Components taken out of context

11th January 2017
Joe Bush

Automotive component makers are coming to terms with the concept of a safety element out of context, embedded in the ISO26262 functional safety standard. Steve Rogerson looks at what this involves.

Sometimes it seems hard to believe that the ISO26262 automotive functional safety standard was first published back in 2011 as we have an electronics industry that has only recently come to terms with what this really means for them. And this could all change as the second edition, currently in development and due out in 2018, will contain a new section looking at just the semiconductor industry.

Part of the problem has been that the standard is meant to ingrain functional safety into the whole supply chain from the smallest components right up to the completed vehicle. However, for component makers this caused problems because often they did not know exactly how these parts would be used in the final vehicle and with what other components and systems they would have to interact.

The standard tried to address this by introducing the concept of a safety element out of context (SEooC). This at first had component makers scratching their heads and many in the early days were highly critical of the standard because of this. These days, most seem to have got to grips with what this means in practice and now have their whole production space geared up not only to meet the criteria but also to produce the documentation – and there is a lot – that is required to prove that the standard has been adhered to and to list the assumptions that have been made.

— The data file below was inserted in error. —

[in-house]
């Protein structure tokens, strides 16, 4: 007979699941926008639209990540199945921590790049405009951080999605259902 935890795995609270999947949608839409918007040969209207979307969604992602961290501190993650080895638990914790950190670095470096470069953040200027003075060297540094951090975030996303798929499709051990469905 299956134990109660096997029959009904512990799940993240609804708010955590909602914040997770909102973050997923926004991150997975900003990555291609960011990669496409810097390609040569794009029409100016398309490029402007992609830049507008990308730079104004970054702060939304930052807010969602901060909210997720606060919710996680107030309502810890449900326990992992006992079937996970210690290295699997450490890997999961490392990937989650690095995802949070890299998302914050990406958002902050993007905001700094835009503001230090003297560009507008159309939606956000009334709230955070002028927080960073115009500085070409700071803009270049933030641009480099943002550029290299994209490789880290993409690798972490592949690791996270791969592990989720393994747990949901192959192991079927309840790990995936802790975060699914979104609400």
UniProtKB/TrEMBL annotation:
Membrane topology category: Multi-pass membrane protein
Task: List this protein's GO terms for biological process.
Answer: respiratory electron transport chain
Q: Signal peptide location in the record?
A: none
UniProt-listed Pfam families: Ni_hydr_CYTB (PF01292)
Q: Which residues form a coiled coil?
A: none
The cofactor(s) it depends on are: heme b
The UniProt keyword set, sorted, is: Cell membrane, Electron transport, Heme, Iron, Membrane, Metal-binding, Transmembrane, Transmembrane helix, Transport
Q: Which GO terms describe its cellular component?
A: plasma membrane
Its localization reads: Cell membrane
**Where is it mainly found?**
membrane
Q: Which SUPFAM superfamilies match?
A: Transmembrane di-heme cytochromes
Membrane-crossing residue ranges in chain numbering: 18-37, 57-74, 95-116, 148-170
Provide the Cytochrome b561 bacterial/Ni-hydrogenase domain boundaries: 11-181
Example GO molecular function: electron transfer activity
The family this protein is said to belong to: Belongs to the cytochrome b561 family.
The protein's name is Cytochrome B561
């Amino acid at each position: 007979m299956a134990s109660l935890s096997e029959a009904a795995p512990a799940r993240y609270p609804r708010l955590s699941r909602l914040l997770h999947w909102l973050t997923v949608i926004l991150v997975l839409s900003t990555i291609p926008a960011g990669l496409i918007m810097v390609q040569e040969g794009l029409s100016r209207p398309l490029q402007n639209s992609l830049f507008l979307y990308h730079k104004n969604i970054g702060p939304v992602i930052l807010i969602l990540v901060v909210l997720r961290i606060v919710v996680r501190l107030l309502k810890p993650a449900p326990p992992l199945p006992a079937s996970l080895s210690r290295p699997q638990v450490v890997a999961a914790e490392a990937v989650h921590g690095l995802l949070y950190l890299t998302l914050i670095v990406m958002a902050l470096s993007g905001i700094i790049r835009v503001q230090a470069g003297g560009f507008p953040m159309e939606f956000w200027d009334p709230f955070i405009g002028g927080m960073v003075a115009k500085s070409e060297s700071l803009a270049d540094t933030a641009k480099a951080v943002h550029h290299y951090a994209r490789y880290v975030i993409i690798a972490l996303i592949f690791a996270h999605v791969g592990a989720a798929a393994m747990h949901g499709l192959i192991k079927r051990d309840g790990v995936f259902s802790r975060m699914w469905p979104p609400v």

Assumptions? Well, yes, because that has become the key to unlocking what an SEooC really is. After conversations with the tier one and two suppliers and the car makers themselves, the component suppliers have to make a number of assumptions about how their devices are going to be used in the actual vehicle, and these assumptions have to be clearly documented. The bottom line is that the builders of the final system know that this device is only guaranteed to help make the final system ISO26262 compliant on condition that those assumptions are correct.

Above: Developing CPUs with fault detection and control features in the hardware. Image from ARM

“At the silicon level, we have to make sure we understand the safety goals and transform them into assumptions,” said David Lopez, Functional Safety Manager at NXP Semiconductors. “This is the first step of an SEooC.”

Michael Frese, Assistant Manager for Functional Safety at Renesas Electronics, added: “It is the responsibility of the OEM or tier one to define the safety goals and functional safety concept and talk to us. We can’t do this as a component company because we are not delivering the full system requirements.”

He said that Renesas created safety elements based on certain use cases and then confirmed these assumptions with the tier ones and OEMs at the start of development.